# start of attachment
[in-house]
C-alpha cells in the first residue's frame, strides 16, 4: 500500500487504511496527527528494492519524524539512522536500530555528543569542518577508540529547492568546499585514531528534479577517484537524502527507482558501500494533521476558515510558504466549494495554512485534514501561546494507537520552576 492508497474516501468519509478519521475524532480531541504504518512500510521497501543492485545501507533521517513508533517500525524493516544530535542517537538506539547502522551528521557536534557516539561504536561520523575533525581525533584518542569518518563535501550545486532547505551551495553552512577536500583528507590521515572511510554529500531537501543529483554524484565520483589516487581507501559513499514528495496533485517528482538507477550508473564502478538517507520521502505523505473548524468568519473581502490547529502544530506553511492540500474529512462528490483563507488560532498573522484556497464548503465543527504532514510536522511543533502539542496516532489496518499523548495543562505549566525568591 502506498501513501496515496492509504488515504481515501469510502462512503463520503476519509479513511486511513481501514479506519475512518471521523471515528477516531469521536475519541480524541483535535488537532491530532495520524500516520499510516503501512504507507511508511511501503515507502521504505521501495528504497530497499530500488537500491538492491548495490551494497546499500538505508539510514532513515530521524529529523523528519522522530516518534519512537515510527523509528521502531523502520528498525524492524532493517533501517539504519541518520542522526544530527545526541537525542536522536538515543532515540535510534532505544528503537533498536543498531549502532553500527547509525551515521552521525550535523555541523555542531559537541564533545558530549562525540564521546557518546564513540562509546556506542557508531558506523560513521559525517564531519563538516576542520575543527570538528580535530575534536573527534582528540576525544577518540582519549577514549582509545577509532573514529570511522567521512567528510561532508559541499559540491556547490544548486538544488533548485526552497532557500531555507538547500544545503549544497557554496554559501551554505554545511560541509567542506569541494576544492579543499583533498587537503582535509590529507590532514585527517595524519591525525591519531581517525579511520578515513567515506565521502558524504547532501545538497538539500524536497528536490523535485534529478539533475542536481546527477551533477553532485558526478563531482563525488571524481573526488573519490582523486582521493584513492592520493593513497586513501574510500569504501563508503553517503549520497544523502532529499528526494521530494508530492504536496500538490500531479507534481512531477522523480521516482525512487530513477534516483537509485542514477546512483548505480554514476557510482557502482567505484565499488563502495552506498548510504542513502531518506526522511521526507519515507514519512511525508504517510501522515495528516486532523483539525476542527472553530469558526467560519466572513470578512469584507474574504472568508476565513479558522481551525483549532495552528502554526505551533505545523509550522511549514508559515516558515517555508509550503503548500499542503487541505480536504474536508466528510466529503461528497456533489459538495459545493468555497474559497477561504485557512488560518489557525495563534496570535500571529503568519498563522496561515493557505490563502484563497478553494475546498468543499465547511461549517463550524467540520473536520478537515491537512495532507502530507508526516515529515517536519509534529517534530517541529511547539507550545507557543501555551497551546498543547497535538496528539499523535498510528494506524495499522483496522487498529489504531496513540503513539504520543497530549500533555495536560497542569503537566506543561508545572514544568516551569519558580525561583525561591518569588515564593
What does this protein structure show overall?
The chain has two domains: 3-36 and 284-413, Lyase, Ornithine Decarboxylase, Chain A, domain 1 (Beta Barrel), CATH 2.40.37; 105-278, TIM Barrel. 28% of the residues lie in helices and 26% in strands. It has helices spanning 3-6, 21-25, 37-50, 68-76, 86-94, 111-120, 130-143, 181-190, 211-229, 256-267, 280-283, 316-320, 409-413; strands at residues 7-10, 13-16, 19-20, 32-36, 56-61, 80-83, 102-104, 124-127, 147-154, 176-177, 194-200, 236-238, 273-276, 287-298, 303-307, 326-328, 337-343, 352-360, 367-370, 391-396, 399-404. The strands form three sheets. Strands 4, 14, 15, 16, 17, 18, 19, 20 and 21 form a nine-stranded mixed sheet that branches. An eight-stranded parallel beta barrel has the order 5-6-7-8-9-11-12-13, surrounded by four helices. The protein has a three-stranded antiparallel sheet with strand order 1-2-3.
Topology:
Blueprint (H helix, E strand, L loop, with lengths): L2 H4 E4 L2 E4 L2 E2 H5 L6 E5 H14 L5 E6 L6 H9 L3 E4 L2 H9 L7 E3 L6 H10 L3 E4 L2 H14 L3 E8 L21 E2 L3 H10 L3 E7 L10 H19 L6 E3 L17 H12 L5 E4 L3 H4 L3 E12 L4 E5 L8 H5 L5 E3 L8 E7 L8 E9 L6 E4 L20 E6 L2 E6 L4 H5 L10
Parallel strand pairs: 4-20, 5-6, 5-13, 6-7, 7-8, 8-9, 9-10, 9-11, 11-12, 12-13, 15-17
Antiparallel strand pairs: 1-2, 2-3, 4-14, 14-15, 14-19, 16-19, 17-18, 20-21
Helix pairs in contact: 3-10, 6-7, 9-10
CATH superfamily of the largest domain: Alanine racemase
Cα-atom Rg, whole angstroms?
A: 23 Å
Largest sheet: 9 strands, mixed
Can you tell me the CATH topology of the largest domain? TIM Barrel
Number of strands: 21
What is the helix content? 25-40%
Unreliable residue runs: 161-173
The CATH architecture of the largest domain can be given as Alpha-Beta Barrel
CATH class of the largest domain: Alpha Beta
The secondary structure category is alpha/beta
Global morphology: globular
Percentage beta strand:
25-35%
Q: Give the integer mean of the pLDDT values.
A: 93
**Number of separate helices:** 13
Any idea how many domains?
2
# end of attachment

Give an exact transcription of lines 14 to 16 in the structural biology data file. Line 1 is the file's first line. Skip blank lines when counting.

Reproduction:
Can you tell me the CATH topology of the largest domain? TIM Barrel
Number of strands: 21
What is the helix content? 25-40%